- The Washington Times - Tuesday, July 25, 2006

Trade and the Vietnamese gulag

The column “Opening Vietnam trade doors” (Commentary, July 16) paints a rosy picture of Vietnam’s economic potential, but it cannot hide that the country remains one of the poorest and most oppressive in the world. The country’s desire to control its people will continue to inhibit any real economic development.

Daniel Christman repeats the same old argument that economic growth will bring along political reform. In fact, following almost two decades of U.S. goodwill gestures, such as lifting the embargo, normalizing diplomatic relations, waiving the Jackson-Vanik restrictions of the 1974 Trade Act and signing a bilateral trade agreement, Vietnam has not shown any improvement in basic human-rights areas such as the rights to worship, free speech or democratic elections. Following the Chinese model, Vietnam is perfecting its strategy of expanding economic relations with the West while at the same time continuing to suppress almost all basic freedoms of its people.

The pending U.S.-Vietnam World Trade Organization agreement is another example of that strategy. In the agreement, Vietnam manages to retain the unilateral right to prevent U.S.-produced cultural, literary or entertainment materials from entering that country; exclusive control of Internet systems; and complete control of telecommunication systems, which may carry objectionable information from the outside world. Although the agreement benefits some business sectors, the deal still gives Vietnam the ability to prevent its population of more than 80 million from having meaningful interaction with the rest of the world.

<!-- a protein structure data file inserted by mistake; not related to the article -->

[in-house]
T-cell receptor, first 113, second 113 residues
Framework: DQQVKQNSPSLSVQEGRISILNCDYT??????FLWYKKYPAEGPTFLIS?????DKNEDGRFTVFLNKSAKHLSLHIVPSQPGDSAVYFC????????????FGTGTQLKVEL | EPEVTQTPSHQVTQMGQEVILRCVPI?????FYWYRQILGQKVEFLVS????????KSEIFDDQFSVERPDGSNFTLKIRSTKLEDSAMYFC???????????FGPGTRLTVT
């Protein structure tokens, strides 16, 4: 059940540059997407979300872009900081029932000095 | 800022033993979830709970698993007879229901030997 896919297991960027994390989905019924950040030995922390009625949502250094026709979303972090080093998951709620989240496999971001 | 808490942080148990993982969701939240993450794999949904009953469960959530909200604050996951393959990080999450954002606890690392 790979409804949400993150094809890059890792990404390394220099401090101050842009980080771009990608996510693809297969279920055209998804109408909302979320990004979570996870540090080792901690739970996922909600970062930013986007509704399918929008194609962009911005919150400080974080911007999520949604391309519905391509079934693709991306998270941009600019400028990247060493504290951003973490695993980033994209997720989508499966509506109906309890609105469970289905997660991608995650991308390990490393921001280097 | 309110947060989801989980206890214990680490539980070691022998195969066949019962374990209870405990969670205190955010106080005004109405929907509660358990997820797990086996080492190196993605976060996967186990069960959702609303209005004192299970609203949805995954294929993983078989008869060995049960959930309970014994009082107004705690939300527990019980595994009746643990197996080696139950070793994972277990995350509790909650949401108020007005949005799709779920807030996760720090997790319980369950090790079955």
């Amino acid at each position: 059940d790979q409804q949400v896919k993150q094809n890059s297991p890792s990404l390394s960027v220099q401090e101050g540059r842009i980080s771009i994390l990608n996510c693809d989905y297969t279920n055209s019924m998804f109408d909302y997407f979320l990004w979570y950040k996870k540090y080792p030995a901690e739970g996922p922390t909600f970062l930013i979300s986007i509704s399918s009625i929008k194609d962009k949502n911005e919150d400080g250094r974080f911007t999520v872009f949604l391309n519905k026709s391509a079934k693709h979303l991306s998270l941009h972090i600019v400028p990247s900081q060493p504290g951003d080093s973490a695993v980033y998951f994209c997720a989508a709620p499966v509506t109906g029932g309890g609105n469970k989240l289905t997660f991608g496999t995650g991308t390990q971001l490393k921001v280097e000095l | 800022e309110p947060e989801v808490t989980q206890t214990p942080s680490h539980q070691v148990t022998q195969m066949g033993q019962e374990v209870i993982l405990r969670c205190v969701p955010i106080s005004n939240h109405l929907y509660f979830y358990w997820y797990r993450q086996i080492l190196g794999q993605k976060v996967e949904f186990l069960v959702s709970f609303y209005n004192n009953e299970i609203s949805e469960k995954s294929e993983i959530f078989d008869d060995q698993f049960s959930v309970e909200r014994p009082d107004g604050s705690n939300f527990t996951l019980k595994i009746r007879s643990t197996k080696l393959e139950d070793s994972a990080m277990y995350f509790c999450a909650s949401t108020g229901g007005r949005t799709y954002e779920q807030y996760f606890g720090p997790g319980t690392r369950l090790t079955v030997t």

In addition, the WTO bilateral agreement with the United States does nothing to address the enormous risks American businesses often encounter when doing business in Vietnam, some of which may include:

• Any investment in Vietnam can be at risk because the regime can change any law for any reason without any regard to basic constitutional protection, much less the rules of trading according to the terms of the WTO agreement.

• There is no independent court in Vietnam to arbitrate business disputes. The court is controlled by the party or the government, which often is a party in business disputes.

• Rampant corruption in the country can endanger any business investment because people can eliminate their competitors with the right money or connection.

• Any business can be vulnerable to abuse by government officials because there is no effective redress for such abuses under the current regime.

• The lack of freedom of speech or an independent press will allow corruption to foster without deterrence.

• Businesses’ trade secrets or confidential information can be exposed to the prying eyes of the government, which controls all communication means, such as the postal service, telecommunications and the Internet. Without a legally recognized right to privacy, there is nothing to prevent corrupted officials from selling intercepted information to competitors.

Why would the American business community lobby the government to expand business relations in such a risky environment? The answer is: The United States would provide insurance protection for those businesses in loan guarantees through the Export-Import Bank, underwritten by American taxpayers.

The current U.S.-Vietnam WTO accession agreement relies heavily on Vietnam’s promise that it will change its laws to accommodate the agreement. However, many of the promised laws exist in the Vietnamese Constitution but have never been complied with. In Vietnam, having a law on the books is one thing, but effectively enforcing it is a different matter.